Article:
One of my hobbies is playing microstakes poker tournaments online. Recently, one of the sites that I play on added a new feature: "Spin to Get In." Essentially, they take the top 20 cards off of a standard deck (10-A of every suits), and stick them in a slot machine. You pay a penny, pull the lever, and if you get three in a row, you win! You can then enter the tournament for essentially free.
The problem is, having pulled the lever hundreds of times (and throwing away many ones of dollars), I didn't win once. Statistically, that didn't seem to pan out. So naturally, needing to dust off my Python anyway, I decided to write a simple Monte Carlo simulation to test this. The basic idea behind a Monte Carlo simulation involves setting up a simulated scenario involving known or assumed probabilities (such as the random deck of 20 cards in deck.py), and then running that scenario over and over to guage the result (plus or minus the expected standard deviations.)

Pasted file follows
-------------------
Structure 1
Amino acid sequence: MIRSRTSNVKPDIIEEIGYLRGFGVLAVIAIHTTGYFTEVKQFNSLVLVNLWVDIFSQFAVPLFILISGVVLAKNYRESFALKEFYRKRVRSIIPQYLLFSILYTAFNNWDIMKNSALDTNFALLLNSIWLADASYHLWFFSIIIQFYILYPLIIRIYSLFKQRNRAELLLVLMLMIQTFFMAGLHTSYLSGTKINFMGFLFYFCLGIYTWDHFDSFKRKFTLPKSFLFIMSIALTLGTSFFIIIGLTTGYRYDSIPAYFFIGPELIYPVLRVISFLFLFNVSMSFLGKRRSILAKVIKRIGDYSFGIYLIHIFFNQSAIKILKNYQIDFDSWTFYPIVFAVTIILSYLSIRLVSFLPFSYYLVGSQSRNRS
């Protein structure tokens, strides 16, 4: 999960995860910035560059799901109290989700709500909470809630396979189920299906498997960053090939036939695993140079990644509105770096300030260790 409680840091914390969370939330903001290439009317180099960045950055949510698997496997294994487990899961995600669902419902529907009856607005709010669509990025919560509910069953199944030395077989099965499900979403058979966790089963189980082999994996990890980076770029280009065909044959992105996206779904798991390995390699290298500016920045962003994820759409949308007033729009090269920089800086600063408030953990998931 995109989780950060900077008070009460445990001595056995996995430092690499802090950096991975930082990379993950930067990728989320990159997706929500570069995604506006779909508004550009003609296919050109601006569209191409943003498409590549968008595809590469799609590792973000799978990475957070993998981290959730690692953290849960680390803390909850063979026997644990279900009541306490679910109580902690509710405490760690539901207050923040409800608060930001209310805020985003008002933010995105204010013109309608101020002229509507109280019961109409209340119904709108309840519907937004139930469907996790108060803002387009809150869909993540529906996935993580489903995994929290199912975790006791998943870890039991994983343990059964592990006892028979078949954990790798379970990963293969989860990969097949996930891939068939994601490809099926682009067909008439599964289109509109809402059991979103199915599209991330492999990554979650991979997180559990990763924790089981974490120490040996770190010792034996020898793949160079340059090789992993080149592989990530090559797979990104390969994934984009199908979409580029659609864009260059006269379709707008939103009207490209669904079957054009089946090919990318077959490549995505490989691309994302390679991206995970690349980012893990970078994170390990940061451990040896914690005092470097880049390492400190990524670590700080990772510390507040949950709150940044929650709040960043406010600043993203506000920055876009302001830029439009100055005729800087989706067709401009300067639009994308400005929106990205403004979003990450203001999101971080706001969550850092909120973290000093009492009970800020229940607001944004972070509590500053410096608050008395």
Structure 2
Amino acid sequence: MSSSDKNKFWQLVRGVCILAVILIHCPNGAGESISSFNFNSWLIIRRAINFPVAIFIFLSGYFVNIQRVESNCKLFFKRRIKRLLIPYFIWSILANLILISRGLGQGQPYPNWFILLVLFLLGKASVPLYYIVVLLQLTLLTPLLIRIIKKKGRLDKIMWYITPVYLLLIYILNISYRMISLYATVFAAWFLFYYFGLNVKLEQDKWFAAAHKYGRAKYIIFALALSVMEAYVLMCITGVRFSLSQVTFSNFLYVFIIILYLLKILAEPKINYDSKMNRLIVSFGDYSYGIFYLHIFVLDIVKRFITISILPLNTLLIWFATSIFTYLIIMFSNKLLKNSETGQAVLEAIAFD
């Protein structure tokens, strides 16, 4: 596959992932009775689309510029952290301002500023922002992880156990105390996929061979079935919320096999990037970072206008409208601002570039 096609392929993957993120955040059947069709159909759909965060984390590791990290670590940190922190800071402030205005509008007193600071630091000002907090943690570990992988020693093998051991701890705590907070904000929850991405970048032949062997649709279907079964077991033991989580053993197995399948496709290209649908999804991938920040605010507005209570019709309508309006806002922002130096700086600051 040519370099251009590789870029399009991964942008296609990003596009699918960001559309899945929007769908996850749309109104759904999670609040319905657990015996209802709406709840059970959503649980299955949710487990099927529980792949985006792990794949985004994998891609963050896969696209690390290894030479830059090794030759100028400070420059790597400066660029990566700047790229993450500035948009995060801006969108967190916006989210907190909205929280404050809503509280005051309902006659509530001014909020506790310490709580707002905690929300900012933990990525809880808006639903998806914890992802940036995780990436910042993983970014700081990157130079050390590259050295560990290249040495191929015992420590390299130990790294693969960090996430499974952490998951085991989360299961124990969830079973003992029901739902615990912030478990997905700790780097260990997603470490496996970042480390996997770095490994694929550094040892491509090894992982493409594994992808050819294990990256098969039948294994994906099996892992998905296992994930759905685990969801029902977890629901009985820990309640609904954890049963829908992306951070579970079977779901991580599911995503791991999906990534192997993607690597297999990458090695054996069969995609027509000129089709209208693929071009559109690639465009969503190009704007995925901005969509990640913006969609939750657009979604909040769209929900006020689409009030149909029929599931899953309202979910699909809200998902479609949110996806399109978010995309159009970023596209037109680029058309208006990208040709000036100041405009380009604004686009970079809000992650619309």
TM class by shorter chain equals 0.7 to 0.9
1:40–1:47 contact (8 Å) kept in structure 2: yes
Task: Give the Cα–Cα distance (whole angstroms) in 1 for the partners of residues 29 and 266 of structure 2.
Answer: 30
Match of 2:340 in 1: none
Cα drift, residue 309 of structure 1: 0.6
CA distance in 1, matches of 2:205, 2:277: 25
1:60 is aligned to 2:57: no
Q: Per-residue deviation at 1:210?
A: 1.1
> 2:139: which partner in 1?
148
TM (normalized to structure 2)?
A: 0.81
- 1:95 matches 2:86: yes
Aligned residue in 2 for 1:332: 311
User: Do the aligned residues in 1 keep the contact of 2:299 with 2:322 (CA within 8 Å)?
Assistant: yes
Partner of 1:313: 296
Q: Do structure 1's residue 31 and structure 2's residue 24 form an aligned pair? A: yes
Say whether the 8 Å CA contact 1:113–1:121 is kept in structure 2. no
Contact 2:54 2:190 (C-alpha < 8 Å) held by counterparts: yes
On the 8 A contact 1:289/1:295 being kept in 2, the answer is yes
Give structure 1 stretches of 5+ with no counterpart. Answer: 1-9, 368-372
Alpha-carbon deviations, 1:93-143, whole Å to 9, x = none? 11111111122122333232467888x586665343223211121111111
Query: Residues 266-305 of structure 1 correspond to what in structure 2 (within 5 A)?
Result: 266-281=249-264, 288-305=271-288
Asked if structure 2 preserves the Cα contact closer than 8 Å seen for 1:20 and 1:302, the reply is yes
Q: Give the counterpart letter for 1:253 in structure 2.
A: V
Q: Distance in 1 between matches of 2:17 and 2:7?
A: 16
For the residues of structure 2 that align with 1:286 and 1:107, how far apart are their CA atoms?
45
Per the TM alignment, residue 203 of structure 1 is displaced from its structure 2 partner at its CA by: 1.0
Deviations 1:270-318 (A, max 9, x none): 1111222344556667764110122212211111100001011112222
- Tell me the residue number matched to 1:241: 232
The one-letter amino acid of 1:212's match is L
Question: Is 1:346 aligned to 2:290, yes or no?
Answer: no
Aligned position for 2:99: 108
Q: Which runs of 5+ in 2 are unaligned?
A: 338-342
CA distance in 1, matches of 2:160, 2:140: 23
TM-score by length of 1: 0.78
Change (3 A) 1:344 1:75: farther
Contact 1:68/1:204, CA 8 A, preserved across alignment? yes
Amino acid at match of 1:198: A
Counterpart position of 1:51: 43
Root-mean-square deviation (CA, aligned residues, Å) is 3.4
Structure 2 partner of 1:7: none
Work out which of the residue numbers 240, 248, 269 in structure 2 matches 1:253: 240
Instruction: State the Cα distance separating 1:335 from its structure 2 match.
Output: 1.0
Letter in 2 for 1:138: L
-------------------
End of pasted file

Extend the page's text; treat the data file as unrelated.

After running 100, 1000, and eventually up to 1,000,000 simulated "hands", the win rate should be around 2.8%; not exactly what I was getting at the casino.
Wouldn't you know it. The house always wins.